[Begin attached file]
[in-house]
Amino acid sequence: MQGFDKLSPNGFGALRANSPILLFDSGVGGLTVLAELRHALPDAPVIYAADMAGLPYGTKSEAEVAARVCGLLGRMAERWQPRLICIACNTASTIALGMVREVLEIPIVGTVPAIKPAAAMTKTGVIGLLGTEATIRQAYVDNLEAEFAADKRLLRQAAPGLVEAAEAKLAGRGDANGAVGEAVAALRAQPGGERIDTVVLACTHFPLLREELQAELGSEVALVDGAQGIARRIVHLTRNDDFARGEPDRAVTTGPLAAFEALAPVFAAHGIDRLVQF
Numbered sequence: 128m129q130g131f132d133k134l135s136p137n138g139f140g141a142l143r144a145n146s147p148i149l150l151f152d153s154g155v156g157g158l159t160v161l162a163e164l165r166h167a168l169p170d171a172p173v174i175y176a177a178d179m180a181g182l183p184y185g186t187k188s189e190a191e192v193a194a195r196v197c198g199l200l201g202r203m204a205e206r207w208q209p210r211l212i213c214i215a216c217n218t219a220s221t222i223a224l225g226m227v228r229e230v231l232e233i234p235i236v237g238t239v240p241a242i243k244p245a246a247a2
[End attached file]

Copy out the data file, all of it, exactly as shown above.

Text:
[in-house]
Amino acid sequence: MQGFDKLSPNGFGALRANSPILLFDSGVGGLTVLAELRHALPDAPVIYAADMAGLPYGTKSEAEVAARVCGLLGRMAERWQPRLICIACNTASTIALGMVREVLEIPIVGTVPAIKPAAAMTKTGVIGLLGTEATIRQAYVDNLEAEFAADKRLLRQAAPGLVEAAEAKLAGRGDANGAVGEAVAALRAQPGGERIDTVVLACTHFPLLREELQAELGSEVALVDGAQGIARRIVHLTRNDDFARGEPDRAVTTGPLAAFEALAPVFAAHGIDRLVQF
Numbered sequence: 128m129q130g131f132d133k134l135s136p137n138g139f140g141a142l143r144a145n146s147p148i149l150l151f152d153s154g155v156g157g158l159t160v161l162a163e164l165r166h167a168l169p170d171a172p173v174i175y176a177a178d179m180a181g182l183p184y185g186t187k188s189e190a191e192v193a194a195r196v197c198g199l200l201g202r203m204a205e206r207w208q209p210r211l212i213c214i215a216c217n218t219a220s221t222i223a224l225g226m227v228r229e230v231l232e233i234p235i236v237g238t239v240p241a242i243k244p245a246a247a2